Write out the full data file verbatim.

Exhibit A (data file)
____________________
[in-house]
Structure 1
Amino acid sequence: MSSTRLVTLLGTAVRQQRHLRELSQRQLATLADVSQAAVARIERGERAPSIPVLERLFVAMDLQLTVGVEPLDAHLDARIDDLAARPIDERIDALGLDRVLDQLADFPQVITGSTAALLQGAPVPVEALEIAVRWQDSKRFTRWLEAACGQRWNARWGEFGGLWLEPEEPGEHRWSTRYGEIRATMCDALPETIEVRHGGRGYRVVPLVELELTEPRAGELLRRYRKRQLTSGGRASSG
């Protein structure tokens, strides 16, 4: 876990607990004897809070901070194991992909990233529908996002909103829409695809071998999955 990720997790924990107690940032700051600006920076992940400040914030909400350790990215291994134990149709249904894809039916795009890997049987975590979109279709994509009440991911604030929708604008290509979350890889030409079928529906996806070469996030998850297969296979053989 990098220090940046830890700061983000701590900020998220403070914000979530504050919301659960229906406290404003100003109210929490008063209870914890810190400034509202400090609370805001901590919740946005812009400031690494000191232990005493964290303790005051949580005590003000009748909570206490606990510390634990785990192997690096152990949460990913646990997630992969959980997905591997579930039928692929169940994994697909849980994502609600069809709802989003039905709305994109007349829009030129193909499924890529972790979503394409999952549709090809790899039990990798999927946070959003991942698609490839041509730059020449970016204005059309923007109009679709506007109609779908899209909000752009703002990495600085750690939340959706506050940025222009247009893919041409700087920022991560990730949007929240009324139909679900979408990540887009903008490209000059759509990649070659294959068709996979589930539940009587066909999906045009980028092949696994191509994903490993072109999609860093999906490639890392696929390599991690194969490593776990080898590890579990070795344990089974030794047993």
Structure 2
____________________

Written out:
[in-house]
Structure 1
Amino acid sequence: MSSTRLVTLLGTAVRQQRHLRELSQRQLATLADVSQAAVARIERGERAPSIPVLERLFVAMDLQLTVGVEPLDAHLDARIDDLAARPIDERIDALGLDRVLDQLADFPQVITGSTAALLQGAPVPVEALEIAVRWQDSKRFTRWLEAACGQRWNARWGEFGGLWLEPEEPGEHRWSTRYGEIRATMCDALPETIEVRHGGRGYRVVPLVELELTEPRAGELLRRYRKRQLTSGGRASSG
């Protein structure tokens, strides 16, 4: 876990607990004897809070901070194991992909990233529908996002909103829409695809071998999955 990720997790924990107690940032700051600006920076992940400040914030909400350790990215291994134990149709249904894809039916795009890997049987975590979109279709994509009440991911604030929708604008290509979350890889030409079928529906996806070469996030998850297969296979053989 990098220090940046830890700061983000701590900020998220403070914000979530504050919301659960229906406290404003100003109210929490008063209870914890810190400034509202400090609370805001901590919740946005812009400031690494000191232990005493964290303790005051949580005590003000009748909570206490606990510390634990785990192997690096152990949460990913646990997630992969959980997905591997579930039928692929169940994994697909849980994502609600069809709802989003039905709305994109007349829009030129193909499924890529972790979503394409999952549709090809790899039990990798999927946070959003991942698609490839041509730059020449970016204005059309923007109009679709506007109609779908899209909000752009703002990495600085750690939340959706506050940025222009247009893919041409700087920022991560990730949007929240009324139909679900979408990540887009903008490209000059759509990649070659294959068709996979589930539940009587066909999906045009980028092949696994191509994903490993072109999609860093999906490639890392696929390599991690194969490593776990080898590890579990070795344990089974030794047993």
Structure 2